Joining us from his home town of Stavanger in Norway, we’re extremely hyped to introduce Lokoy as today’s Ja Ja Ja Takeover host!

For those that don’t yet know the name, you might recognise this artist’s face from another Norwegian project in which he plays a vital part: Sløtface. When he’s not playing bass with the band, Lokoy – aka Lasse Lokøy – is carving out a totally original musical path for himself, teaming up with some fine collaborators along the way, including fellow Norwegians Safario, jimi somewhere and girl in red. So let’s do the maths: part-time Sløtface bassist + part-time producer = full time smash-hit maker.

Lokoy joins us for a Spotlight interview today, sharing his inspirations and what he looks for in these vital collaborations – so read on to get to know Lokoy better, and head to @jajajanordic on Instagram as he takes over our account for the day!

Spotlight Interview: Lokoy

Hi Lokoy! Thanks so much for joining us! Can you please say a quick hello to Ja Ja Ja’s friends and followers?

Lokoy speaking here! I’m a producer and artist from Stavanger, a small town on the west coast of Norway. I make alternative pop, indie and hip hop and I work with artists such as girl in red, Safario and dePresno. I’m also the bass player in Sløtface.

What inspires you most when you’re making music?

Being sad, hahah. Also to hear new exciting music inspires me a lot. Rn I’m listening to Y La Bamba’s Ojos Del Sol.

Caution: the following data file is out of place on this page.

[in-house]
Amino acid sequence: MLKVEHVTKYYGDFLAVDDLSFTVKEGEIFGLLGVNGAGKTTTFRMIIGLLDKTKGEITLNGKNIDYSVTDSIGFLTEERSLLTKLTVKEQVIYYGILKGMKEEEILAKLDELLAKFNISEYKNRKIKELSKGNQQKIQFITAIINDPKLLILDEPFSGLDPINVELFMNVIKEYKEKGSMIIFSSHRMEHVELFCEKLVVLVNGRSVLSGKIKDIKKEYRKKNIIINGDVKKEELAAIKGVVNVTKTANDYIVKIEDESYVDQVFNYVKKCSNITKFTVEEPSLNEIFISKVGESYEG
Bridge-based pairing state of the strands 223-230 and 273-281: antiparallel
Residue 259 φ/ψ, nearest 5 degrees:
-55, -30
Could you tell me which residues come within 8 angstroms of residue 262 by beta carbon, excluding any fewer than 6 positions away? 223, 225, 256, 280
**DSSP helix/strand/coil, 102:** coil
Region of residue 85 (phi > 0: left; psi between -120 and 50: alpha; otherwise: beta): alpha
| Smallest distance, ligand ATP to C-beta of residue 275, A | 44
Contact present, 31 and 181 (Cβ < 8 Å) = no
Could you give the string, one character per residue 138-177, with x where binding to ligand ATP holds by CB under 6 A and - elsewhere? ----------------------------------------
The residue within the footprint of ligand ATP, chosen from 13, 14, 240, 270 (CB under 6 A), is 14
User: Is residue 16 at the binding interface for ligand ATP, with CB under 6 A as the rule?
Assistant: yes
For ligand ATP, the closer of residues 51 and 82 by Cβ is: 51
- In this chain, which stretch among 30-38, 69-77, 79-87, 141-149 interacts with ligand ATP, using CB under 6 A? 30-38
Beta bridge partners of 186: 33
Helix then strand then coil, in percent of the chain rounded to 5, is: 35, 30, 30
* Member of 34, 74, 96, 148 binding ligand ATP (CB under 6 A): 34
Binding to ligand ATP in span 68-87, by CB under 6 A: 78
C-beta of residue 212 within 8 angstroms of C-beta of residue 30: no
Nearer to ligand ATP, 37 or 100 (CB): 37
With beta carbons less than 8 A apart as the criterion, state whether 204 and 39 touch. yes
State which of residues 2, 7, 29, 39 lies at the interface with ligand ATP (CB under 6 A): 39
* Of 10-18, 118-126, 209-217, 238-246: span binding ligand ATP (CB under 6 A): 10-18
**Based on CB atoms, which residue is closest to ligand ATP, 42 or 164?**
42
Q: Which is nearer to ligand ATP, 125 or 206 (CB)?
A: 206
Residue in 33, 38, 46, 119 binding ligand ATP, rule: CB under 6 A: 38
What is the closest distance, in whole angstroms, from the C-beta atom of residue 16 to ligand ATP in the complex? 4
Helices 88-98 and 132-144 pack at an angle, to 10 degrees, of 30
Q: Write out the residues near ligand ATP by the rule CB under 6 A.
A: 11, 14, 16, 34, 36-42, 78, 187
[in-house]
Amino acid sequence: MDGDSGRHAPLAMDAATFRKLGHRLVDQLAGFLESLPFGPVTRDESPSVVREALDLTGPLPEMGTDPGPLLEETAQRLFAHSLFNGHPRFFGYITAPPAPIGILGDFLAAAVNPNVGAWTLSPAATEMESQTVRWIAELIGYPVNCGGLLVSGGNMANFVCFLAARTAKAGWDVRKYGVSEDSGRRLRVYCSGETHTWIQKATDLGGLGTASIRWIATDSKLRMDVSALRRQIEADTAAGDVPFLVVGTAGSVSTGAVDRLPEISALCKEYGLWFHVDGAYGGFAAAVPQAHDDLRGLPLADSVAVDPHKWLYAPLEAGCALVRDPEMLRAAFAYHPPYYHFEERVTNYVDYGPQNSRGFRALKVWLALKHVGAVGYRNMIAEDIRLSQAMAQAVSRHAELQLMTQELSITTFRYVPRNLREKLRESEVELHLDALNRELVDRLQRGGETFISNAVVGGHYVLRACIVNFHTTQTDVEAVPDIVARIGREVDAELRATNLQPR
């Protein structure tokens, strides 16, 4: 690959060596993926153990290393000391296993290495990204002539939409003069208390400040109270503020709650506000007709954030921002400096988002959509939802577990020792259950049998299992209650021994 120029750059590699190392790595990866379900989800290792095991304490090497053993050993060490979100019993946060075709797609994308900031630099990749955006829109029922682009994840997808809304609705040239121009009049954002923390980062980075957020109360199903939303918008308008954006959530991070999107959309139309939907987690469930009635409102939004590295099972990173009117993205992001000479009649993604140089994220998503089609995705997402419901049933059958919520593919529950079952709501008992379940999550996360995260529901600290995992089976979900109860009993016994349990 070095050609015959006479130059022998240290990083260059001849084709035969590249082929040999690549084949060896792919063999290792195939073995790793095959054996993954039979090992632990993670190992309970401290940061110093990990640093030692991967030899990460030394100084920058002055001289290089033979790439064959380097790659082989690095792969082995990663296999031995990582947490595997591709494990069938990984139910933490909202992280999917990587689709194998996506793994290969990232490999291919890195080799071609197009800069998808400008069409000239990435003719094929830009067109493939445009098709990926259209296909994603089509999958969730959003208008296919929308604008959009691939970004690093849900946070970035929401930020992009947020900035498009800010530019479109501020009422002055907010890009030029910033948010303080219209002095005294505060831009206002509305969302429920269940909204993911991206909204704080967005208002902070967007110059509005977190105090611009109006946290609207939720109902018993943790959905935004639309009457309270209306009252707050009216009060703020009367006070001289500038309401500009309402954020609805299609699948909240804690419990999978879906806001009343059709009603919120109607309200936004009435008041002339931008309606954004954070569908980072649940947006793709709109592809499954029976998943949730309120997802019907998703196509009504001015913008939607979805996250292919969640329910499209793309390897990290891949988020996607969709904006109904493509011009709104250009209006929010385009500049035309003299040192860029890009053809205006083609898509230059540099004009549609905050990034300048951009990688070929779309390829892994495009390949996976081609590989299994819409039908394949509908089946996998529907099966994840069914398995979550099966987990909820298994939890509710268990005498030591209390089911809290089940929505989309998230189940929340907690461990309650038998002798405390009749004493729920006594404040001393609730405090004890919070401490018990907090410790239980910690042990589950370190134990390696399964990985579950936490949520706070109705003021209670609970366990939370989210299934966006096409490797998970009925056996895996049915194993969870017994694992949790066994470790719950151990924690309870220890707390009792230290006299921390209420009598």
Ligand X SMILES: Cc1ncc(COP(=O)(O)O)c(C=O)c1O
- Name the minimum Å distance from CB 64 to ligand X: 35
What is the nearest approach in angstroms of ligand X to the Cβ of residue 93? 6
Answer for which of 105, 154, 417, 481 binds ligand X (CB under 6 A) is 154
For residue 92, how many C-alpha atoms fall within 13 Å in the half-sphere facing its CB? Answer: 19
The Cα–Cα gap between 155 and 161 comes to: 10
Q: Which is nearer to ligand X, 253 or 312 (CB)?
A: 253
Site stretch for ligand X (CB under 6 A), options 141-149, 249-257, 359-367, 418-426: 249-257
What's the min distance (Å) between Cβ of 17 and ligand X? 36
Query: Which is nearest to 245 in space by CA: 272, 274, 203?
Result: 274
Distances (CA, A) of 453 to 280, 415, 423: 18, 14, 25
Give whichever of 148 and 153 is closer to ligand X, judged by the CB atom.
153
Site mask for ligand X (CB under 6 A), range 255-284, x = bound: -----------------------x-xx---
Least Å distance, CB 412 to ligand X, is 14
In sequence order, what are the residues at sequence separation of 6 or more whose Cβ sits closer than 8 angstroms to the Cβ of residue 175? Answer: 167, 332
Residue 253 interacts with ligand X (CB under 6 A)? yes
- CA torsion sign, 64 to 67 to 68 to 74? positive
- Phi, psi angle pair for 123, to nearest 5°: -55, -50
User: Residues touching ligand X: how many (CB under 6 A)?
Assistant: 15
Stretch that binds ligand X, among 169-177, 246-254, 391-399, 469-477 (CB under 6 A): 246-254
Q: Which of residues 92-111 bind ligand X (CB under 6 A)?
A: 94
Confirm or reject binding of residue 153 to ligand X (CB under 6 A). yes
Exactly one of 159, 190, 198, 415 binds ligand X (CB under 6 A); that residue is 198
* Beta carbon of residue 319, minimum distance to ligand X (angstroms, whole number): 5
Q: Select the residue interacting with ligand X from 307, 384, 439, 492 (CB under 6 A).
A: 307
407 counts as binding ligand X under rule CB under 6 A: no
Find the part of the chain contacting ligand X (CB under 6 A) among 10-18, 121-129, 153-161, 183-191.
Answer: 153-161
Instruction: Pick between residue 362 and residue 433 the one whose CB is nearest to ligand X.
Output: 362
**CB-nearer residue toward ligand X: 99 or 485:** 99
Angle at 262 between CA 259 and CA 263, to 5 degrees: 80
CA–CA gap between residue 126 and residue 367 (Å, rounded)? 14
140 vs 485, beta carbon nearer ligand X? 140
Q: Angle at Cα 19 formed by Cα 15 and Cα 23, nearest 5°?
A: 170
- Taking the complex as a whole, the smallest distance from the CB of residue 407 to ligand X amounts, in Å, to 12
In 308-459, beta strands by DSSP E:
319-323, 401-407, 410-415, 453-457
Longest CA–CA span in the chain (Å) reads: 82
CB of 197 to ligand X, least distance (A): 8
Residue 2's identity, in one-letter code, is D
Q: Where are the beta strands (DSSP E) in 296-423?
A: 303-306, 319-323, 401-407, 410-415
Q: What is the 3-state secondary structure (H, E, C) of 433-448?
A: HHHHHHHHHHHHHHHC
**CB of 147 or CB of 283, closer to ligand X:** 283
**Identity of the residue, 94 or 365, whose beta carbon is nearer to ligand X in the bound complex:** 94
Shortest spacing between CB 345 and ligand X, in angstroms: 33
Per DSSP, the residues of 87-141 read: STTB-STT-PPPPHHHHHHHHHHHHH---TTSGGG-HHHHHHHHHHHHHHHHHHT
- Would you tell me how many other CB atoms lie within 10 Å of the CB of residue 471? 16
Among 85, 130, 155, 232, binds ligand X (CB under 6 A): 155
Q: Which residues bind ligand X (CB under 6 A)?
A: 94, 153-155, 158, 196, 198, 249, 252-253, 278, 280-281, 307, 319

What was the first album you remember being blown away by?

Red Hot Chili Peppers, By The Way – first record I ever bought. 

And what’s the best live show you’ve ever been to? 

I went to see Sidiki Camara Group two days ago in Oslo. In Norway, we’re allowed to arrange smaller shows. And it was a blast to finally be able to hear live music again. It was so beautiful. Not sure if it’s the best show I’ve been to, but it was very very nice

You recently released an excellent single, ‘classic city girl’ – can you tell us the story behind the song?

Yes, I met Tove (co-writer) in Stockholm after a long and early train ride from Oslo, we went straight to the studio and worked constantly for 7 hours. And after that we were basically done with the whole thing. Like, the mix is basically the raw mix from the studio session. It was super easy to work with her and we were very much into the same thing. 

You’re a keen collaborator, and have worked with some great folks when putting together your recent releases – what do you look for in a collaborator?

Everything. I think it’s interesting to work with people with different skills than I got, because then we can fulfil each other and make something unique . 

And what’s your favourite part of the music making process – are you all about the song creation, or the live side of things that gets you excited?

Song creation is my favourite part. Making music is the most important thing I do. It’s fun to play live, but it doesn’t feel as important to me.

Photo: Mohamud Abdirashid

We know it’s been quite disrupted lately, but what do you hope the rest of 2020 will hold for you?

I’m hoping to release more music and maybe play some small shows.

What’s been going on for you during these recent, quieter times?

It’s been crazy busy, I guess it just happens, I don’t really feel like I control it, I just always end up with a full schedule before the week starts. 

And finally, can you share any good new music tips to share with us?

I think the Norwegian artist Gerald Ofori‘s new EP is dope. I’ve also been listening a lot to Gazin’ by Ringo deathstarr. Veryvery cool sound. 

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